Universal “make install” is evil - removing\updating may (and will) cause issues.
(Or provide statically linked binaries)
Due to such issues like hardcoded DATA_DIR + autotools this was problematic. In 0.90 this can be avoided (all data can be placed in ~/.vcmi, maybe even DATA_DIR can be relative). Thanks for idea. I really like our recent changes in VCMI
As for why this is not done in general on Linux - package management. On Win you can’t be sure that user will have this library installed and this version is compatible with yours. Usually only apps with complex dependencies or with libraries unavailable in distribution use static linking.
Because until win8 windows=PC(x86 or AMD64 architecture) while linux can run on anything, not just PC or ARM? or perhaps people with some AMD64 processor doesn’t want itlel 386 processor backward compability and prefer optimisation for just their device?
well if any linux with needed libraries can run on TV set which is Neither PC Nor ARM inside - then you will be happy to install VCMI or anything else. If not binary packaging always would make some platform dependence (while it’s nothing bad to have ALSO deb/rpm for PC). Linux people think if something is freedom you shouldn’t artifically limit it, even if it require a bit more work. (BTW: my N900 supports java by icedtea - if I only have reqquired binary libraries for arm I would try playing classic minecraft on the phone - minecraft provides libraries for linux but only PC-linux)
I think his radical ideological linux/foss approach is another one way to go which is also great. I just prefer to not be the only one. Anyway VCMI is foss, yeah? (I know not all people thinks this way but some do and let them have some voices).
Good idea. I should make the CD step (where I get the information on where the CD is mounted) a combo of that and a path to an installed HoMM3. This should be pretty trivial to add.
Yes, I already implemented that. There is a step where the script asks you to enter a path to a source. By default it’s a link to the VCMI sources on the internet, but if you point it at a local tar.gz file, it uses that as a source. And if you enter a path to a directory, it uses that as the root of the extracted source.
I did not implement that just yet, but I am planning to parse the “–prefix” argument and the other related ones given to the configure script in order to figure out where resources should be placed. As for the main VCMI install, doesn’t make have any security that makes sure not to overwrite anything? If so and if the prefix is correct, everything should go fine.
No. Build system (CMake/autotools) may have some checks but “make install” can do virtually anything. Usually such checks are done during packaging into deb/rpm/etc.
But it is unlikely that VCMI install will for example overwrite /bin/sh. Main problem is uninstall/update. To correctly remove or update the game you need
- correctly generated “make uninstall” target. By default CMake does not have that.
- to have exactly same version of the source as used for installation. (unlikely in case of updating)
Othervice old version won’t be removed correctly, overwriting it with newer one may cause issues.
I see. Yes, uninstalling could be a bit of a problem when talking about shared libraries. There is no way to tell whether something is using them or not if it’s outside the package management system, and registering them in the first place is a bit tricky. Though upgrading/uninstalling the /usr/share/vcmi directory should be straight-forward.
A bit off topic, but I’m still curious.
Why do people prefer to provide numerous packages for all major distros (a side question: why distros and not packaging systems?) instead of one universal package that could work on any linux kernel of specified version and target architecture? No matter how many distros you cover, there will be someone who cannot run your software without compiling sources.
The biggest mystery for me is Oracle’s Java package – rpm without specified distro. There are numerous dependencies on JVM in every distribution yet they managed to get out of this mess. I just had to install it and run a few relatively simple commands. I imagine in case of software that nothing depends on (like games) even those commands wouldn’t be needed. Replace package with .sh script that checks necessary things (like architecture) and copies files and you are (almost) 100% distro independent. Life’s simple. Packaging’s simple. Everyone’s happy.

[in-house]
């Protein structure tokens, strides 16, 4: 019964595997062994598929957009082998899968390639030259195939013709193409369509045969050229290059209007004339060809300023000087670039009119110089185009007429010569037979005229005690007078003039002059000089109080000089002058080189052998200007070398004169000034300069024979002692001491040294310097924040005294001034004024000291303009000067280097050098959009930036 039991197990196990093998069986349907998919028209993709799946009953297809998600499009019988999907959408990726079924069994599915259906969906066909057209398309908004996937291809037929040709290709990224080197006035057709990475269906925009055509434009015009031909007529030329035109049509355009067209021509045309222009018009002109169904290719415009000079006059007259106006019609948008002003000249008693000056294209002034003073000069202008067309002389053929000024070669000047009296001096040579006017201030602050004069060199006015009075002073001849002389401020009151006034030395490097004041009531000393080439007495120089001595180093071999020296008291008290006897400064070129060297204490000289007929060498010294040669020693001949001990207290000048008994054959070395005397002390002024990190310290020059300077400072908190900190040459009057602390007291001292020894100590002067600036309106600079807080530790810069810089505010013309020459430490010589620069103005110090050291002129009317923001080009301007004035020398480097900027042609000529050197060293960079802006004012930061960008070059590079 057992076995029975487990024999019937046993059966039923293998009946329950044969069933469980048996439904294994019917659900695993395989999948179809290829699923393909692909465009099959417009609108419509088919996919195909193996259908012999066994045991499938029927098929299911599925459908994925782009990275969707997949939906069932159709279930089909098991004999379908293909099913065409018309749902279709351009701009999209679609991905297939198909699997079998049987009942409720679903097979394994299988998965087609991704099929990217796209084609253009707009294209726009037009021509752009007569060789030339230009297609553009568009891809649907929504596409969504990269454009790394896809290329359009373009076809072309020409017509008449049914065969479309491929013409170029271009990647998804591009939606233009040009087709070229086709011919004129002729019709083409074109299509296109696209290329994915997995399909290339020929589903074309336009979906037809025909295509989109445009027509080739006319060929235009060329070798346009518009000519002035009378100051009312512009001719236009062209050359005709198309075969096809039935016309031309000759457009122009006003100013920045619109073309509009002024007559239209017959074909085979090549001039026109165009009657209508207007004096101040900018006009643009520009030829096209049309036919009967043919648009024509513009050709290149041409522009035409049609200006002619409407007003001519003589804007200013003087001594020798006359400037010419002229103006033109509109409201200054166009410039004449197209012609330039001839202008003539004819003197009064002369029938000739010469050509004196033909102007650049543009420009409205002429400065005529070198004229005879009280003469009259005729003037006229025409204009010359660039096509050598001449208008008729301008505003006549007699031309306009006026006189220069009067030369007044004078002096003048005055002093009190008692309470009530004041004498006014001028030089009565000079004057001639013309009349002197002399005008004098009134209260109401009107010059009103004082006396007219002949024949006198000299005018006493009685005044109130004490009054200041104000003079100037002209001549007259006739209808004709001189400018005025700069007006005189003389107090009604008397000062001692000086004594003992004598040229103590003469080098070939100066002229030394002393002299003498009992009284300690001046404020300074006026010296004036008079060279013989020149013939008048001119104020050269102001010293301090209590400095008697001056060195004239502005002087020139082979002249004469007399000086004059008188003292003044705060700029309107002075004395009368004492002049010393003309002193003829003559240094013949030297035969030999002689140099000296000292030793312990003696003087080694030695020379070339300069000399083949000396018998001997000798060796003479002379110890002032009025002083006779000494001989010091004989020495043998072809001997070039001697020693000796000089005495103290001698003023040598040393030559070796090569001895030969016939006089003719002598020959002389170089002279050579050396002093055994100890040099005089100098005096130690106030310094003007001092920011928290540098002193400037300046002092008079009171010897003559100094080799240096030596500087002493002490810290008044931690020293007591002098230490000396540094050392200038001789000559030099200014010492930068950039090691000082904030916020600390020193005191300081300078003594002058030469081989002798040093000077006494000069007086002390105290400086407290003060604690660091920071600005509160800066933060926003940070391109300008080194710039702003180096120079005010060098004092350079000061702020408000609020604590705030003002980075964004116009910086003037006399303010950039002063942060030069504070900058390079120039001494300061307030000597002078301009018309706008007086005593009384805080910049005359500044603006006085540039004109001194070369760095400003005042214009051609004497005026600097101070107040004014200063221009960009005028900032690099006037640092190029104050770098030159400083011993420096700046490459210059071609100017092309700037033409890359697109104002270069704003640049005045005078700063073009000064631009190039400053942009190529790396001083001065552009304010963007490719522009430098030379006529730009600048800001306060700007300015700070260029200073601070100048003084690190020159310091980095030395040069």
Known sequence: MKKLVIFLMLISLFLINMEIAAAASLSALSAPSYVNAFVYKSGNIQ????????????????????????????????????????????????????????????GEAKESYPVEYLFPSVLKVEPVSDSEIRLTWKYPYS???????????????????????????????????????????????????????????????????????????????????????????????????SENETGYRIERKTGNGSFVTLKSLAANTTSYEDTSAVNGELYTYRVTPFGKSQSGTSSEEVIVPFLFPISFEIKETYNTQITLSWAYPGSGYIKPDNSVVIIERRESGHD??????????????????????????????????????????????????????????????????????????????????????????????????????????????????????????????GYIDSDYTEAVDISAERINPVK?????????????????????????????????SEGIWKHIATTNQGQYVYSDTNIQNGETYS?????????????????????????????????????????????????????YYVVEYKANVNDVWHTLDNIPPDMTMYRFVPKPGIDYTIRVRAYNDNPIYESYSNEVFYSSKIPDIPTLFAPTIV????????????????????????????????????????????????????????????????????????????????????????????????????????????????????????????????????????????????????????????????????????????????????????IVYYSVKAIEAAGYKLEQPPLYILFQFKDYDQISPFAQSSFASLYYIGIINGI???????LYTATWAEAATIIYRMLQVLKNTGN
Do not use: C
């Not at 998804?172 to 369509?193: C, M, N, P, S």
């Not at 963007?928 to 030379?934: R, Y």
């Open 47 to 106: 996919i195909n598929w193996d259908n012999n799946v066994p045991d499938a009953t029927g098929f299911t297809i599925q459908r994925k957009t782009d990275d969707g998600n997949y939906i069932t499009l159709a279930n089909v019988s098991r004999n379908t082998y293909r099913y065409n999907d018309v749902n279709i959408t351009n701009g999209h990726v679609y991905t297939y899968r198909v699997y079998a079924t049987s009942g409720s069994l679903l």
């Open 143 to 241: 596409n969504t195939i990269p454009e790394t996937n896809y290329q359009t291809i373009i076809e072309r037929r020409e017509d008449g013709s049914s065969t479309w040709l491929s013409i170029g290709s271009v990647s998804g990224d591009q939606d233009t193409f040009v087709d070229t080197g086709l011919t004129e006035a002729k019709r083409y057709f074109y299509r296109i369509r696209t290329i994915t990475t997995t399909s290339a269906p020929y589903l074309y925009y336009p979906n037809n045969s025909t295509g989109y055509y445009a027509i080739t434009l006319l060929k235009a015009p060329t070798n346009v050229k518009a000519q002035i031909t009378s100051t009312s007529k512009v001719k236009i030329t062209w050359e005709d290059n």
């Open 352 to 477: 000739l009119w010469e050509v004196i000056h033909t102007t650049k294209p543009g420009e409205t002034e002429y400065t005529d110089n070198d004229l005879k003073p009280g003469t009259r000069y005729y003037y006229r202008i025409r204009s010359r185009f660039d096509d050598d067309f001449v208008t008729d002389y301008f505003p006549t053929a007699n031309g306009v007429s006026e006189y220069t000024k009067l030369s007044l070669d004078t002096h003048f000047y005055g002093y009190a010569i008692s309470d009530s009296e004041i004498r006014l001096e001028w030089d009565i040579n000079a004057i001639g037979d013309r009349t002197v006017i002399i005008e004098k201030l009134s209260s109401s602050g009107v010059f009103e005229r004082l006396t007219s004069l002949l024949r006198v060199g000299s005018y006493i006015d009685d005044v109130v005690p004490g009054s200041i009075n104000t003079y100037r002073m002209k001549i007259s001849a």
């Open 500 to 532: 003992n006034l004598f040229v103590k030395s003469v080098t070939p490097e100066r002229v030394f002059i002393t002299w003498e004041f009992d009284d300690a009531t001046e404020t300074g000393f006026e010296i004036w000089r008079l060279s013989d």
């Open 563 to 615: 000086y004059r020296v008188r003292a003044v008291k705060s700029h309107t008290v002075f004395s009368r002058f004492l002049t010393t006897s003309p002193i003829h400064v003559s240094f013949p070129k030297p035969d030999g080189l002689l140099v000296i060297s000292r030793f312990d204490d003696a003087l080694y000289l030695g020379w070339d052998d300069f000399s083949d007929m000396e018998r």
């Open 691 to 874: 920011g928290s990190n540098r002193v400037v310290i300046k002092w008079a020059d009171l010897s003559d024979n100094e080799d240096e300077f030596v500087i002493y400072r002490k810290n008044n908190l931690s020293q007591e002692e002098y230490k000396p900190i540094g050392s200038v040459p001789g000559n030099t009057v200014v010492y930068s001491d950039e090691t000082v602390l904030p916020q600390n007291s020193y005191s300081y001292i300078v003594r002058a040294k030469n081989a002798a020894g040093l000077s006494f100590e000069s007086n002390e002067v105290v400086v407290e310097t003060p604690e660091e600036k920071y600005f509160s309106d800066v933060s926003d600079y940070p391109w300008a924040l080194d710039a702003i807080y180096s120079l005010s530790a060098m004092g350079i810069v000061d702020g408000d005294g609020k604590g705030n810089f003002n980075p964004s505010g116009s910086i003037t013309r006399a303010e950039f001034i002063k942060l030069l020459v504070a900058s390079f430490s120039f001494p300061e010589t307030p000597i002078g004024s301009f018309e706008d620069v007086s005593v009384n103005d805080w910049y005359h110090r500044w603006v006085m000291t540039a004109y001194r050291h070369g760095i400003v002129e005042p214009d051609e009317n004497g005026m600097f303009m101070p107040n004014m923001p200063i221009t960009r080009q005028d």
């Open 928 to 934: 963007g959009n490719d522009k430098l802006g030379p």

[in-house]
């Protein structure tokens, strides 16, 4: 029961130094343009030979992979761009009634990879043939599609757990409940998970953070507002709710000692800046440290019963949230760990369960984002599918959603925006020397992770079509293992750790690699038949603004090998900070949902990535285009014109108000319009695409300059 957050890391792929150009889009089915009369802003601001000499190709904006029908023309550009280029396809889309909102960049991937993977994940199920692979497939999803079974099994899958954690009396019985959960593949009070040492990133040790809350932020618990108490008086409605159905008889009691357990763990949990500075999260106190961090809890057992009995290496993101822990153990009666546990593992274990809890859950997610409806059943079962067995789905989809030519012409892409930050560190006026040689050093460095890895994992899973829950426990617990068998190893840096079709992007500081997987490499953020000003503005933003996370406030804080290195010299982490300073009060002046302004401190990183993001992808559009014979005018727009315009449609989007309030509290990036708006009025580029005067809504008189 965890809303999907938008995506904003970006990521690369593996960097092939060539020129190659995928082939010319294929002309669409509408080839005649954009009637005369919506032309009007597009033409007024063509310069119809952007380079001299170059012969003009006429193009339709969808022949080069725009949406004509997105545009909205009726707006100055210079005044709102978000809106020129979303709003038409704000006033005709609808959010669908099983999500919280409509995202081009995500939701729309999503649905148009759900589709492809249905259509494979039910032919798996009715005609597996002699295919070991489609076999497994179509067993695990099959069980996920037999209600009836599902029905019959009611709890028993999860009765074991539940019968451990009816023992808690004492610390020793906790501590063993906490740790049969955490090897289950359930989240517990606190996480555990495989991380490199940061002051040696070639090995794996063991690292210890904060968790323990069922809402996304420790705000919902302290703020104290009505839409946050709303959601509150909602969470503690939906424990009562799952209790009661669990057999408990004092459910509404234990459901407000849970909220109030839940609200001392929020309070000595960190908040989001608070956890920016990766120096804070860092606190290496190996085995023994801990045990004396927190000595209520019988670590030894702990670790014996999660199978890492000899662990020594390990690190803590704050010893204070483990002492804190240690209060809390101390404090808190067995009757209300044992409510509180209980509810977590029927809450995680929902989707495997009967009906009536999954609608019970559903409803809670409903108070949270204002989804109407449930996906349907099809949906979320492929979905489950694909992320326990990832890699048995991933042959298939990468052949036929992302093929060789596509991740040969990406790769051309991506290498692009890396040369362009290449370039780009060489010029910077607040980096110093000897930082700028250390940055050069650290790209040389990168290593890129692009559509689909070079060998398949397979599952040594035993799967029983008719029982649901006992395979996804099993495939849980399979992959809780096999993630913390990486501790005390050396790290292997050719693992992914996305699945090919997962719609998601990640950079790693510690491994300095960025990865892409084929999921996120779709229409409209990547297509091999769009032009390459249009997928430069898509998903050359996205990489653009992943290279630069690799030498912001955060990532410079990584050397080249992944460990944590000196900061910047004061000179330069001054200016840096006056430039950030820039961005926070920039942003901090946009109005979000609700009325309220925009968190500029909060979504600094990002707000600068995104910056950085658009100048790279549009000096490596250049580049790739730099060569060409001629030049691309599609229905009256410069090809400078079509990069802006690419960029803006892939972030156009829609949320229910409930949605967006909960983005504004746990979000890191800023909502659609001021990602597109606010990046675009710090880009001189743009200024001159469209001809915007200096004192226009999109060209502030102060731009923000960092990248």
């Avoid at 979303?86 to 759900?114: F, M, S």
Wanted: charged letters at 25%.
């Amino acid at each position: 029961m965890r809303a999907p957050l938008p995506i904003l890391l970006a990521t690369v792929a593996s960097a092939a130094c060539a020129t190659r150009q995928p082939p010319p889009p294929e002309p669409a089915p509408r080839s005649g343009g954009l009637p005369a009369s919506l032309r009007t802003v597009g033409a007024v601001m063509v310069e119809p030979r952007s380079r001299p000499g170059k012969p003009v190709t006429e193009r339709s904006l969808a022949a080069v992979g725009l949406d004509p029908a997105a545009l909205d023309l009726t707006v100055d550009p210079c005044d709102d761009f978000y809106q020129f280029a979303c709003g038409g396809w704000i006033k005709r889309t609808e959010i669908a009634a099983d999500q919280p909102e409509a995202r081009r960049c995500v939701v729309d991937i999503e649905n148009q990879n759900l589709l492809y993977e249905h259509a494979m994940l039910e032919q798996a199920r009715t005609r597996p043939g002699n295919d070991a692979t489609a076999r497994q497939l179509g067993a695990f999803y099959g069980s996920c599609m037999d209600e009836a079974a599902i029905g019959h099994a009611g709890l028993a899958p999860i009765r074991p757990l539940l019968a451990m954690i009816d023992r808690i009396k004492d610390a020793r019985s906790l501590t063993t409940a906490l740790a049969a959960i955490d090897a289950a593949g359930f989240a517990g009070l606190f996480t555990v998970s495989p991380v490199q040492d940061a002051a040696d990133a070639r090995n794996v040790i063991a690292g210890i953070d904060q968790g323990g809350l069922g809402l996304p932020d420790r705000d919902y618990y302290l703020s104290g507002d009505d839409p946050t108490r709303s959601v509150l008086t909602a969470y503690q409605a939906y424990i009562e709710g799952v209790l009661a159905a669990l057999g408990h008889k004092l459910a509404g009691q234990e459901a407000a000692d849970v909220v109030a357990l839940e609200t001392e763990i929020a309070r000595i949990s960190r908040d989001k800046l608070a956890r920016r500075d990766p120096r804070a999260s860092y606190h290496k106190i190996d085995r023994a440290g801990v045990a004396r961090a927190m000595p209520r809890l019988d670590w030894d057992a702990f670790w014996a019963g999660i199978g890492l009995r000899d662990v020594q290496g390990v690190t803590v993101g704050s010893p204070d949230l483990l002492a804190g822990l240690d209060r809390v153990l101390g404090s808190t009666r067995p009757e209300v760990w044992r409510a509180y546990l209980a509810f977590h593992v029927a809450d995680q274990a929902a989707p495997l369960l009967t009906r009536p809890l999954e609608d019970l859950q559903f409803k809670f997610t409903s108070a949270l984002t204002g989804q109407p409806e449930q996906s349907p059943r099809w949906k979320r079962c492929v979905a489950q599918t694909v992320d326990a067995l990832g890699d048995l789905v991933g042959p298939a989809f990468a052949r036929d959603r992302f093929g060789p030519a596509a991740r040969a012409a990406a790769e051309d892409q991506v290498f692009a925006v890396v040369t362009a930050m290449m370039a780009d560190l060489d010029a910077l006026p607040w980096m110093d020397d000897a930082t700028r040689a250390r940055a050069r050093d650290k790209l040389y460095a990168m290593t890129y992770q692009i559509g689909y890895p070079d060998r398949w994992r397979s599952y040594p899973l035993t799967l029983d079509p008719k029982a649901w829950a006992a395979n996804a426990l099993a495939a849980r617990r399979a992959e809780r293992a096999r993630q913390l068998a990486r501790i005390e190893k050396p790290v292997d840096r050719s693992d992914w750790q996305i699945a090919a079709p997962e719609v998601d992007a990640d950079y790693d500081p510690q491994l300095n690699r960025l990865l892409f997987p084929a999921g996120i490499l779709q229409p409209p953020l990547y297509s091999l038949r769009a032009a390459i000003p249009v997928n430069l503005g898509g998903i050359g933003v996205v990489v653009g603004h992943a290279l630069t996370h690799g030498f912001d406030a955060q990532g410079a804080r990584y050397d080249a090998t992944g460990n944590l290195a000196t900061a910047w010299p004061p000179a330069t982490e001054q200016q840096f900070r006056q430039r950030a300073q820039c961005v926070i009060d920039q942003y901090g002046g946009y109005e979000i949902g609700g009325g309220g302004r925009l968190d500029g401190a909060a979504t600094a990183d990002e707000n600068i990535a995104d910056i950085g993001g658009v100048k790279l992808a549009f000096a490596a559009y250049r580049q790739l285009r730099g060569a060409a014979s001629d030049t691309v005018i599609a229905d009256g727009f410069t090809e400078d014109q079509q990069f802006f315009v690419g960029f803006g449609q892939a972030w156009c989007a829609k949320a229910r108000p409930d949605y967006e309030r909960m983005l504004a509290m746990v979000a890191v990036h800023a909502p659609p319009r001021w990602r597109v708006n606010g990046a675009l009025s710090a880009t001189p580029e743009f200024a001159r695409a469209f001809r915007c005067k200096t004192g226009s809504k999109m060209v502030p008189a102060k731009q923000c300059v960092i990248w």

Package management does not solve architecture issue either (packages are precompiled for a limited set of architectures), yet it’s popular. Statically linked program with .sh script could detect architecture and you could even have architecture-independent installers!
That’s a mystery for me, too. The problem of providing distro independent packages is code compiled into machine code like C++ software. It may be possible to provide such general packages, but it’s complicated. I don’t think that this would be a easy and a fast solution. Google provides for their chrome browser a generic .deb package for Debian/Ubuntu and a generic .rpm package for Fedora/openSUSE officially. There are community built packages for several distros like Mageia, CentOS, …
It’s ok that we provide “official” VCMI packages for the most popular distros. The rest is not our part(there are hundreds of distros). Battle of Wesnoth devs distance themselves from building any packages for linux distros. They say it’s part of some volunteers which provide distro-specific builds. I want to integrate VCMI beginning from the first major release in the official Fedora repos(they’re some guidelines, some recording conditions,…). So a command like “sudo yum install vcmi” would be enough to install VCMI(problem is that VCMI has dependency to ffmpeg which belongs to rpm fusion, which is another topic…).
This is the most complex part - we have new or outdated configs with each release. Same goes to data package.
Different distros have different version of libraries. We should either provide several binaries (as it now) or use static linking. Such libraries as boost or ffmpeg have habit of changing API too often.
Besides - creating all that packages is one-click action for me.
Setting up some rpm-base system on deb-based without virtualization is complicated (or impossible). And virtual systems are really slow…
Static build packaged as rpm? Nice - works on any rpm-based distro, correct uninstall.
- Large package. For me installing Java requires twice smaller download size.
- Multiple copies of same package in system. Not a huge issue for desktop but problem for security-critical systems - any bugs fixed in included libraries won’t be fixed in library from this package.
BfW is already included (and maintained) in most of Linux distros and have quite big community. In case of VCMI we have to be those “volunteers”
BTW - some time ago I found VCMI package in one of user-provided repository for Arch (IIRC). First step is done
I’m not thinking of leaving the old installation. I don’t see how removing the vcmi directory and rebuilding it when a new version arrives could be problematic.